“O strange chance more sorrowful than sweet,” the poet wrote, but my minor misadventure has turned out just the opposite: There are worse things than crunchy chocolate crumbs in the bed.

(Photographs by Brooklyn Artisan Photo Pool)

Coffee Conscious

Day Seven 12 Sips of Brooklyn
The author relaxes at Café Grumpy in Greenpoint.

The author relaxes at Café Grumpy in Greenpoint.

OUTSIDE THE CITY LIMITS, businesses and commuters rely on fossil fuel. Here in New York, we know the true engine of enterprise is coffee.

Years ago, while studying graphic design in Greenwich Village, I frequented a diner on Waverly Place that had a unique dispensing system for its coffee. Order a cup and the counterman would turn the tap on what looked to be an ordinary kitchen faucet sticking from the wall. Out came black java. How cool was that! I visualized this vast network of pipes running through the city parallel to the Catskill water lines, and plotted how to get it supplied to my kitchen. Eventually, I realized it was merely a clever positioning of their coffee urn in the kitchen behind, maximizing space in the limited serving area (my naïveté is best explained by two words: art school).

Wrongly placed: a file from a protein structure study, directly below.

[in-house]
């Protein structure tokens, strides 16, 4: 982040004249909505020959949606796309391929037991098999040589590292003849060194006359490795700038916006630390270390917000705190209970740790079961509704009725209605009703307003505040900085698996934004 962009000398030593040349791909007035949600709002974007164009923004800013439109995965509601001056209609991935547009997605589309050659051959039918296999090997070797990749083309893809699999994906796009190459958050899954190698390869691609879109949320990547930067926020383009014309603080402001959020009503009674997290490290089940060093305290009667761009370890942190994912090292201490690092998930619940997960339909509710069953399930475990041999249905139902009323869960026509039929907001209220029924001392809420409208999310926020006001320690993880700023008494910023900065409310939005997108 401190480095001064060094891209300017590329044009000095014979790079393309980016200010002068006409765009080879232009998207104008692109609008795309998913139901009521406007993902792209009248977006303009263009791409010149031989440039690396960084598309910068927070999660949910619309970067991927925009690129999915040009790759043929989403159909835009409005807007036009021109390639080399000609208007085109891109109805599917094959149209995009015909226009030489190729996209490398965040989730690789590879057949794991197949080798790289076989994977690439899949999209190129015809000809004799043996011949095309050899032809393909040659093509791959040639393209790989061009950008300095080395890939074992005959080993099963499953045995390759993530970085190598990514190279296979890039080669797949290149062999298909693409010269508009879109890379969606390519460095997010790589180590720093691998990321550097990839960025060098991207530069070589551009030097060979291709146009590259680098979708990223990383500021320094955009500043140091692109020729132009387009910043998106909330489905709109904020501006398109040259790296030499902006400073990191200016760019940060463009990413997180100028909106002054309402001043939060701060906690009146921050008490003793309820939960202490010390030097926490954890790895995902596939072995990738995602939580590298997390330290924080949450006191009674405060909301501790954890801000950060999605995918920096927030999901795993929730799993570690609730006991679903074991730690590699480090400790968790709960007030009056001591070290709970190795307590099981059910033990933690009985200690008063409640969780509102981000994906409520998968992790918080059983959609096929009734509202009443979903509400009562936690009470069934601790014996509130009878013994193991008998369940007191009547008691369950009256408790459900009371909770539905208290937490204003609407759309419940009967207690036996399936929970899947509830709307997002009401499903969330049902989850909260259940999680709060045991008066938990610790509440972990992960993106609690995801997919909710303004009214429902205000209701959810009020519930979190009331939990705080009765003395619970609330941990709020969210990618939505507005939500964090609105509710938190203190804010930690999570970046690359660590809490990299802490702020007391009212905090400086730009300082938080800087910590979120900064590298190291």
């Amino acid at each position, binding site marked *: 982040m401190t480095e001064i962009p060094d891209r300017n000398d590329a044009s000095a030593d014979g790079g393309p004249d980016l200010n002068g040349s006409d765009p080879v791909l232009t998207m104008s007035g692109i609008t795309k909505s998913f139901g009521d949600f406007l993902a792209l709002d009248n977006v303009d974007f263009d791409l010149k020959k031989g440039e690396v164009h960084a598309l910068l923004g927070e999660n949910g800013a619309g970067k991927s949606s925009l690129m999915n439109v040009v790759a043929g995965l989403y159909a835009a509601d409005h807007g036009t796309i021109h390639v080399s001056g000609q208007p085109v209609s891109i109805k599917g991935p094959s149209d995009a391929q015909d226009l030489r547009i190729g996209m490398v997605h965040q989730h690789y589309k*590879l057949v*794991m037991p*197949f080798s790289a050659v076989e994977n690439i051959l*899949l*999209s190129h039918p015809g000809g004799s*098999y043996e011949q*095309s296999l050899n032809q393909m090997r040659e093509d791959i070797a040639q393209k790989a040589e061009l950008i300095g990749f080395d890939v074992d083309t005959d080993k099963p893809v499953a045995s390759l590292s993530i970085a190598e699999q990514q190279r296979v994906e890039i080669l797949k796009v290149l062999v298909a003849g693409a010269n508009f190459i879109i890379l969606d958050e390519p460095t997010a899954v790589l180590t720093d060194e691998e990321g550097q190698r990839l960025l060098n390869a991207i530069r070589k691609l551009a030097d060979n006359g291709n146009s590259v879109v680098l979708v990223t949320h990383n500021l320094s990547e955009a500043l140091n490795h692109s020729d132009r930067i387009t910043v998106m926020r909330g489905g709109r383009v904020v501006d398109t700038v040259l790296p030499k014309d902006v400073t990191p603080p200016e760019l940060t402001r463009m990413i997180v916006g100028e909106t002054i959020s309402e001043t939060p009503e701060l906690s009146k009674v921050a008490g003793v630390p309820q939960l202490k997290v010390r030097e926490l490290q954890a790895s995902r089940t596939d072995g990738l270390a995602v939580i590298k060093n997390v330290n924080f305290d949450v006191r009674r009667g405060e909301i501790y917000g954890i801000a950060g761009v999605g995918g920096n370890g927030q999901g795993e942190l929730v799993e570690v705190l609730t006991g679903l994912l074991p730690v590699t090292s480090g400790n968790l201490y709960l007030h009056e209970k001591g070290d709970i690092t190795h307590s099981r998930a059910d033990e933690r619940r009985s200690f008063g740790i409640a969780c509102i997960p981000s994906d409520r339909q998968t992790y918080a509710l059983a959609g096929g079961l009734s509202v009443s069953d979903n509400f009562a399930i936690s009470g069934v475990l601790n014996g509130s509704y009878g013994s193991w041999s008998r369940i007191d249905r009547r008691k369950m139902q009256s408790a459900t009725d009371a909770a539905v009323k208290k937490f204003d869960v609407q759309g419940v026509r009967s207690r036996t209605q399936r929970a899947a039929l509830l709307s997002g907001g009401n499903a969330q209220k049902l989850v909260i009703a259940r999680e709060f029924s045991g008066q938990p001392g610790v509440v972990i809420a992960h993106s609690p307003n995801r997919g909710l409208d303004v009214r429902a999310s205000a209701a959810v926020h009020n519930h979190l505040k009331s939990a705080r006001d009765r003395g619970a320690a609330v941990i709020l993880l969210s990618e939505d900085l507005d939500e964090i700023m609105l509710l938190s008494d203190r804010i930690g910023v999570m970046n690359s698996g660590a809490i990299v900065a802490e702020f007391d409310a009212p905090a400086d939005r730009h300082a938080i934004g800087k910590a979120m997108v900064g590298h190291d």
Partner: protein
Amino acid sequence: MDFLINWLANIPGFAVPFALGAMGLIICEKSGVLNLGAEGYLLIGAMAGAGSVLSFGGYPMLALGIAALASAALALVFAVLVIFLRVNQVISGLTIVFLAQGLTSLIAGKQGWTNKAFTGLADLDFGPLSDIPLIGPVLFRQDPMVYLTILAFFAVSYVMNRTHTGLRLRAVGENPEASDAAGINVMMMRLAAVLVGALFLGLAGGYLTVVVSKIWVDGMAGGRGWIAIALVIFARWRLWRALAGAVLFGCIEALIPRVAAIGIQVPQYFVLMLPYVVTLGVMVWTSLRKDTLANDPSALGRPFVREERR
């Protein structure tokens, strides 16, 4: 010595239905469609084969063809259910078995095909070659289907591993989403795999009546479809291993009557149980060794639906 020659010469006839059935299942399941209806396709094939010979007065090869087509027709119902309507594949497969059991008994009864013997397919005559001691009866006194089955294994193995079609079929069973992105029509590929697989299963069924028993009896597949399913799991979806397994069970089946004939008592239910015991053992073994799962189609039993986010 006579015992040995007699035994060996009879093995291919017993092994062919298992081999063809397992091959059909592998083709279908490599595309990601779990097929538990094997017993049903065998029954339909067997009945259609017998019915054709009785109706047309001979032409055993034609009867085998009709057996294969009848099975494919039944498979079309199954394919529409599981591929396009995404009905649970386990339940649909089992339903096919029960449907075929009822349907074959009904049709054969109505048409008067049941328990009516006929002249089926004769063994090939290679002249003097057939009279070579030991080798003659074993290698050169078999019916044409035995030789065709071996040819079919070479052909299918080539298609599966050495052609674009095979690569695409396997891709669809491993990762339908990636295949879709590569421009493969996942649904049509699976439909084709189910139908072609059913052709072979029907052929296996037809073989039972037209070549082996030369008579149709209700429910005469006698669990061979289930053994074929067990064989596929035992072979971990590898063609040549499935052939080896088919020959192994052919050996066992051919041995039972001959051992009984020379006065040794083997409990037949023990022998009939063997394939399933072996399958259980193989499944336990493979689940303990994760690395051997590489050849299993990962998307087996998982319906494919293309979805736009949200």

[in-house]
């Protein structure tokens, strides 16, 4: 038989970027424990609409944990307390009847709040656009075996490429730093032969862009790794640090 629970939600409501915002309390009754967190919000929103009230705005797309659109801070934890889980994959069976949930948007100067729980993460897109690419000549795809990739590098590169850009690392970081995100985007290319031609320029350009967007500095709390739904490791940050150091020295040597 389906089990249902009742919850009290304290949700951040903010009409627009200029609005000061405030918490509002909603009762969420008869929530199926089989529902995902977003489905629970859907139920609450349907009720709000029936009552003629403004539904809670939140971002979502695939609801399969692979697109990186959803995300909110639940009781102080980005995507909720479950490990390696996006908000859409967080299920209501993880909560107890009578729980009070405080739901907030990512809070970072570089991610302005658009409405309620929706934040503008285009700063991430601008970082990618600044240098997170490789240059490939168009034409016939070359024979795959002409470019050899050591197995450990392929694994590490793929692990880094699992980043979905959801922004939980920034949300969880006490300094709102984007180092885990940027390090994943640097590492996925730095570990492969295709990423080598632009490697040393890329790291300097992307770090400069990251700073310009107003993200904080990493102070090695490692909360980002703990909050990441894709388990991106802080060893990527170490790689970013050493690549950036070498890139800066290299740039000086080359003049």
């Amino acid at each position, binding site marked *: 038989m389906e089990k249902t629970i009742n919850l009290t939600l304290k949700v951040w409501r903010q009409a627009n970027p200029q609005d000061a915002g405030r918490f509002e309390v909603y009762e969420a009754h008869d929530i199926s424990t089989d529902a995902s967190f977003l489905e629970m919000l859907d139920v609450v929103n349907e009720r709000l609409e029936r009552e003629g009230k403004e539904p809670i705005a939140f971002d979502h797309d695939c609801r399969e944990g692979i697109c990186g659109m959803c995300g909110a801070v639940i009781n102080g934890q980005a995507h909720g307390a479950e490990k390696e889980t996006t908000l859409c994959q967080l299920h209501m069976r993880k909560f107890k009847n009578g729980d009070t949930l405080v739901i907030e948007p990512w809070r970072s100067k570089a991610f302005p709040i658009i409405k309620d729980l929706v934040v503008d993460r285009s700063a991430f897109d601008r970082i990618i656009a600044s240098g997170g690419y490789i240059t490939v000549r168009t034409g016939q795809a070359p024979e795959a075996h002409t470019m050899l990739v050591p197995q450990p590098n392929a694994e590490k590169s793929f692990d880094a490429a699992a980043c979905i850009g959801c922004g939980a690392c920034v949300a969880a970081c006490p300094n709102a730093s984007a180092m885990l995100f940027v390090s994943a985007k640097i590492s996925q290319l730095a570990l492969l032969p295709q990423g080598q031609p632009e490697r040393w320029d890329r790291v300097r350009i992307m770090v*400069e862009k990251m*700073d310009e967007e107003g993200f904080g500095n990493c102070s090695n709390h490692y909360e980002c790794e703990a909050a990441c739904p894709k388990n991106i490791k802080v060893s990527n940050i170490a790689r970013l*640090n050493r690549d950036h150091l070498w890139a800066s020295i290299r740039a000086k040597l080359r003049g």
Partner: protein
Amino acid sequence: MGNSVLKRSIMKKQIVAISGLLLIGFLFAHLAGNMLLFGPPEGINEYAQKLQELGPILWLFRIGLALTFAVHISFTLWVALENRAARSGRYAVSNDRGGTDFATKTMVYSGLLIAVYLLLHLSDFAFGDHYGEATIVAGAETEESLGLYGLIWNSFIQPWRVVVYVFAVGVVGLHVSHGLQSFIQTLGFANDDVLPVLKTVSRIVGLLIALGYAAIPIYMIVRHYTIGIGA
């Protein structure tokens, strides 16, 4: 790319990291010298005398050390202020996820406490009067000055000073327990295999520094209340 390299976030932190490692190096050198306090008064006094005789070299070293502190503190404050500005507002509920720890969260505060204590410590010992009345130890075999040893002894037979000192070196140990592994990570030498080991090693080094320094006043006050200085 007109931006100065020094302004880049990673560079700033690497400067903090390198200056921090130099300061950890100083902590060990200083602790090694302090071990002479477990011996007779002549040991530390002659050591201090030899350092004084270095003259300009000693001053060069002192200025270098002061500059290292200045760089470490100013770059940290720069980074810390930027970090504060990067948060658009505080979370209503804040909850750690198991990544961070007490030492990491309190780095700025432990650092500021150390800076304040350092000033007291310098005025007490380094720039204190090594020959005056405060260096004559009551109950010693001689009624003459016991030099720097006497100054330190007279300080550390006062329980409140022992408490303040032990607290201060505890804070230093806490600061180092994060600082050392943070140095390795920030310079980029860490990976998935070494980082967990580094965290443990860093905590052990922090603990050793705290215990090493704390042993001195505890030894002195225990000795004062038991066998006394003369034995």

In the past two decades, coffee in the city has gone from commodity to connoisseur. On the one hand, there is the ubiquitous Starbucks, basically a slicker, upscale Chock Full o’Nuts. For mocha’s sake, there are Starbucks in shopping malls (!) and thruway rest areas. Good enough for a quick joe, but basically homogenized brown water dispensed by undertrained baristas. On the other hand are the coffee bars with more highly trained staff, higher quality product and various levels of design finish or stylish marketing as product differentiators.

I prefer my coffee from what I call the roaster/merchant. These shops work on the assumption that there is a market in consumers who want to drink their java not in some plush salon, but in the roastery itself. These are not your fancy wineries perched at the edge of the vineyard, with peacocks wandering about and classical music piped in. No, these are a few tables pushed up against bean bags hard by the coffee roaster. A certain industrial esthetic predominates.

Grumpy-roasted